It’s easy to burn through a lot of money mailing the wrong way. Here are five common mistakes that businesses make when sending sales materials through the mail. Don’t make them:)
You don’t use real stamps
Your direct mail pieces – of any kind – should be using regular first class stamps most of the time.
While I will admit that I use CASS bulk mail postage for some newsletter mailings (at client request to save postage), this happens ONLY after having sent at least one mailing using a real first class stamp.
Why? 3 reasons: Deliverability, address service and speed
If this excerpt from “Privatizing will improve mail service posthaste” doesn’t help, I’ll clear it up in a minute.
As journalist Jonathan Franzen recounted in a detailed portrait of Chicago’s postal crisis in the New Yorker last year, a letter carrier helping a coworker start his truck in a post office parking lot stumbled onto 100 sacks of undelivered mail in the rear cargo area. Chicago police in 1994 found 200 pounds of relatively recent mail burning beneath a viaduct and 20,000 pieces of vintage mail (some pieces dating to 1979) in garbage cans behind the house of a retired mail carrier. Last May, Chicago firefighters found 5,670 pieces of flat mail and 364 pounds of bulk mail in the attic of postal carrier Robert K. Beverly. And in October, Washington firefighters discovered four truckloads of mail in the apartment of postal carrier Robert W. Boggs
Other than because of postal workers like this guy and because of post offices like the Chicago one described above, a first class stamp in conjunction with a valid return address (sort of) guarantees you a returned mail piece with a corrected current address, or an indication that you should remove that name from your mailing list.
Speed. Bulk mail is not guaranteed to reach your destination anytime soon, if ever. In fact, isn’t guaranteed at all.
One last aspect of this: Choose your stamps wisely. Mailing to women? Use stamps most women would like.
Mailing to NASCAR viewers? Use stamps that fit their profile. Patriotic? Cars? Think about it.
Not making sure that mail only goes to the right people
Sending the same letter to the entire population of the United States: Bad idea.
Sending the same letter to your entire client list: Bad idea.
Are all doctors the same? You know… chiropractors (yes, that was intentional), heart surgeons, thoracic surgeons, dermatologists, general practitioners, podiatrists, sexologists, psychiatrists, ophthalmologists, and so on. They all need malpractice insurance, medical office software, furniture, etc.
Are all mechanics the same? Is a diesel mechanic the same as a HVAC mechanic? Ditto for single engine airplane mechanics, heavy equipment hydraulics mechanics, boat mechanics, jet engine mechanics, or …
Are all painters the same? Home painters vs automobile painters, detailed “pimp my ride” paint artists, industrial painters, high rise building/tower painters, and so on.
If you were trying to sell each member of these groups accounting services, a website, tools, furniture or rubber bands, would you have the same conversation with them?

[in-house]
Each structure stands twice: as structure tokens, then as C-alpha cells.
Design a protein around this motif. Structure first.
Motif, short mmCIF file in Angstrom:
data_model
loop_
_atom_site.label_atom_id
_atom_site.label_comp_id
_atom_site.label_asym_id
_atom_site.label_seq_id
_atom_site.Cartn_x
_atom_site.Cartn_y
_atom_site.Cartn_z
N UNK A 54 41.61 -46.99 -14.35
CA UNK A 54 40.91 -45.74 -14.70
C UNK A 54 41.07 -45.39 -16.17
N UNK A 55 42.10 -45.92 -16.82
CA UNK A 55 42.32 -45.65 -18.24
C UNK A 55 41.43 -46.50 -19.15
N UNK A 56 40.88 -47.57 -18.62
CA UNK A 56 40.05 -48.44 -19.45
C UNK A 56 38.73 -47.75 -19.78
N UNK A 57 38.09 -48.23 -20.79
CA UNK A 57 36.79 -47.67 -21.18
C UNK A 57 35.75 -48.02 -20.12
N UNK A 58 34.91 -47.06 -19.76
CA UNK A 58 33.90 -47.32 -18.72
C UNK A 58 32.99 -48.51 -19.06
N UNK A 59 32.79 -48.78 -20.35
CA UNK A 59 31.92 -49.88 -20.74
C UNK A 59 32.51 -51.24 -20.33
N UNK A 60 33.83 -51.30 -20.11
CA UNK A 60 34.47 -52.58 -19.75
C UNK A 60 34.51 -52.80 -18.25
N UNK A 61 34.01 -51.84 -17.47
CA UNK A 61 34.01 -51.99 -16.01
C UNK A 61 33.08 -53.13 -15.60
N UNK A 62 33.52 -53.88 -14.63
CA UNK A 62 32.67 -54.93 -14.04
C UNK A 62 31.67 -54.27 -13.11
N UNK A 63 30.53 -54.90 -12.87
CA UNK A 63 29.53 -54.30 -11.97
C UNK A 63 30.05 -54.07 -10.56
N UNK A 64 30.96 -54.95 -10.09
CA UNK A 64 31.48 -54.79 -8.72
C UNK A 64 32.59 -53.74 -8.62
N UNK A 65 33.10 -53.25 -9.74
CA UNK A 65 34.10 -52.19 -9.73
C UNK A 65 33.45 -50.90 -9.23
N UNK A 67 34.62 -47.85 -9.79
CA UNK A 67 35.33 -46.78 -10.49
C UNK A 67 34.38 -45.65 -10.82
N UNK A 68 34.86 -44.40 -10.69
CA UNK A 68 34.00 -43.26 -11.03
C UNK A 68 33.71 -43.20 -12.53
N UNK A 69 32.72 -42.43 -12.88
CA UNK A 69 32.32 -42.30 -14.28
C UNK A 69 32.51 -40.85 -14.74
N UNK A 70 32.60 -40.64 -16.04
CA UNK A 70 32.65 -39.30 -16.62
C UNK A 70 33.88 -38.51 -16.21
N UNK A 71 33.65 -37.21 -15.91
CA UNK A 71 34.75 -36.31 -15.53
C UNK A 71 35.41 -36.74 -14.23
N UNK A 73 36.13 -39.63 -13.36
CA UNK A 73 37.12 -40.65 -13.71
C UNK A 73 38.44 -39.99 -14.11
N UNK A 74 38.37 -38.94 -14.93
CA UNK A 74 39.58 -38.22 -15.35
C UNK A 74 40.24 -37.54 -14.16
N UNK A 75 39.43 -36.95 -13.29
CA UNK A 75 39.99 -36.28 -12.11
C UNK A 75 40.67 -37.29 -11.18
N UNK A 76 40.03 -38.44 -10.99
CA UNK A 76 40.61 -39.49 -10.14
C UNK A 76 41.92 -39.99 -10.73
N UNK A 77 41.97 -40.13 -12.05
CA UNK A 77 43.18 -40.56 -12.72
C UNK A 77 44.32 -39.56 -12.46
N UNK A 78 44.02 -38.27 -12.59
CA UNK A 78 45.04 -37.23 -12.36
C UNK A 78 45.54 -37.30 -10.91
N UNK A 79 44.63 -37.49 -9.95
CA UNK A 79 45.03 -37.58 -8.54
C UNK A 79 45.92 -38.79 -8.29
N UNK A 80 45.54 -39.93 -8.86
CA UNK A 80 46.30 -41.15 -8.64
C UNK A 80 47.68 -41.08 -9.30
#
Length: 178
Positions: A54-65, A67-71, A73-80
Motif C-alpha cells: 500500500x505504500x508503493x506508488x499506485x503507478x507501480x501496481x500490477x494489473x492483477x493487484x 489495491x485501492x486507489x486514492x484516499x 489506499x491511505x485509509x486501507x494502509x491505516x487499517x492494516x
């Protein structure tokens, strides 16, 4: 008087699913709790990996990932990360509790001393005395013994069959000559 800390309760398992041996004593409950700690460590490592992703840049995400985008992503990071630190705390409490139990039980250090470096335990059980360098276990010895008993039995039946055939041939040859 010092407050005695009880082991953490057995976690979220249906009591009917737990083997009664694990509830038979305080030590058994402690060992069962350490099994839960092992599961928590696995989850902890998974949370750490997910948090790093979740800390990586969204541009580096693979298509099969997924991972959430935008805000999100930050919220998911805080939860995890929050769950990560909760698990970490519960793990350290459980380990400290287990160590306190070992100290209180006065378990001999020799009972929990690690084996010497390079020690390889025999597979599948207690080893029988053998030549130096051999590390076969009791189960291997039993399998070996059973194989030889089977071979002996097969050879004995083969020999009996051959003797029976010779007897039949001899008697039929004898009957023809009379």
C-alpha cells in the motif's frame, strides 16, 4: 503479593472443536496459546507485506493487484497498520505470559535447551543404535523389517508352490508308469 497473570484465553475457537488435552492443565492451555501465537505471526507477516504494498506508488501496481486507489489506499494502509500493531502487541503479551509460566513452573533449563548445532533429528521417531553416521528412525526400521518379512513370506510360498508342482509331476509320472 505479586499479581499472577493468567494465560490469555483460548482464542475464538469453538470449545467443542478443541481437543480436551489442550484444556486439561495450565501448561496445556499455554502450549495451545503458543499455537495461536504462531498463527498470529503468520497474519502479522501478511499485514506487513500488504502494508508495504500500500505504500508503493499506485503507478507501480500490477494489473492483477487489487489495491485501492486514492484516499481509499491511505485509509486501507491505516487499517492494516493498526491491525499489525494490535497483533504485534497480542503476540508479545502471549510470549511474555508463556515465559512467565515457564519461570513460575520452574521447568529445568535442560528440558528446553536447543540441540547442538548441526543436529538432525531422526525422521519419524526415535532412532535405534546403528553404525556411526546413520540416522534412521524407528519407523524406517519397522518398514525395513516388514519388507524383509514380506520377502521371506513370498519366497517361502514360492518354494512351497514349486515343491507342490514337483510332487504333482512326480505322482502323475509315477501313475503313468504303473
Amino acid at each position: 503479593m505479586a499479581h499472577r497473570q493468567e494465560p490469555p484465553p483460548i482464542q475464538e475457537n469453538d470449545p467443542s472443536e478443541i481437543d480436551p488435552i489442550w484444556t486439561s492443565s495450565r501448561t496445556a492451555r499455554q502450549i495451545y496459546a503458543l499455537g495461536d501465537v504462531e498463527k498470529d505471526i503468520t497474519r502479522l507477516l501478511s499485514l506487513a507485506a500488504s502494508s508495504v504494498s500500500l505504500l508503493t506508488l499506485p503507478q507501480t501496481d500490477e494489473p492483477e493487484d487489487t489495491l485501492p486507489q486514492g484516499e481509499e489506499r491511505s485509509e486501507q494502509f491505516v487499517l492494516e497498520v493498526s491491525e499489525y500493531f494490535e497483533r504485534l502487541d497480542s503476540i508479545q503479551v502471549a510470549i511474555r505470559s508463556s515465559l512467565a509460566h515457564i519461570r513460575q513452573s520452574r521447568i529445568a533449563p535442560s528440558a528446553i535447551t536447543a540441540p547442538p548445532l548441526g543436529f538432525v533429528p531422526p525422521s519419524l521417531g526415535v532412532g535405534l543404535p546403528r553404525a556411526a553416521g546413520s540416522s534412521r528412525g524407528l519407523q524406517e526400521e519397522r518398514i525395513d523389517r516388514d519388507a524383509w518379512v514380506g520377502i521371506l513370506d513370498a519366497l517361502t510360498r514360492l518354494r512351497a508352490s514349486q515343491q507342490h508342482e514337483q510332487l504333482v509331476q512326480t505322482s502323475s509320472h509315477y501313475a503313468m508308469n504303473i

Is it more work to create different sales materials for different groups of people? Sure.
Is it more profitable? Almost always.
“Almost?” – What kind of comment is that? The kind that leads to our next mistake…
Leaving out a way to measure response
If you can’t measure it, you’d better not mail it. Otherwise, how will you recognize what works and what doesn’t?
Failing to send another mailing to the same person for the same thing
Yes, I mean follow up.
But how many times should I mail stuff to my mailing list? When do I know to stop?
WHEN A NEWLY ADDED STEP LOSES MONEY.
Getting a 1% response to a mailing is your goal
You’ve undoubtedly heard that 1% is an average response for direct mail.
Or maybe you heard 2% is what it takes to make a profit (h*mm, like $0.01?).
Or you’ve heard some other number.
Forget them all. Percentages mean nothing. Return on investment is what you care about.
If you spend $100,000 a month to mail 100,000 pieces of mail (yes, per month) and you get 1 sale, that’s a response rate of 0.00000000001% for each mailing.
If you’re selling $2500 custom trailer hitches for big expensive RVs, you have a big problem. You’re spending $100,000 a month. Even if you sell every lead, you’re spending $100,000 to get $2500. Unless there’s a pretty successful upsell process, or very large lifetime customer value, this just isn’t wise.
On the other hand, using the same numbers, if you sell boats – especially boats like these – then selling 1 of the 56′ boats per month is a ROI of somewhere in the neighborhood 13 times your investment. In other words, if you average 1 boat sale a month from your mailing, you’re spending $100k to get $1.3MM. Seems like a good idea.
In both examples, 1 response was the result of your mailing that month. The response RATE in both was the same. A terrible 0.00000000001% per month. Yet the ROI for the boat example was 13 times the investment.
A loss of $100,000 or a gain of $1.2MM cost $100,000, despite one response.
This happened despite both mailings having the same response rate. Don’t fall for the 1% trap. Or even the 2% trap.
Those are the common direct mail mistakes that come to mind for me… What other direct mail mistakes always jump out at you?[audio:http://www.rescuemarketing.com/podcast/FiveDirectMailMistakes.mp3]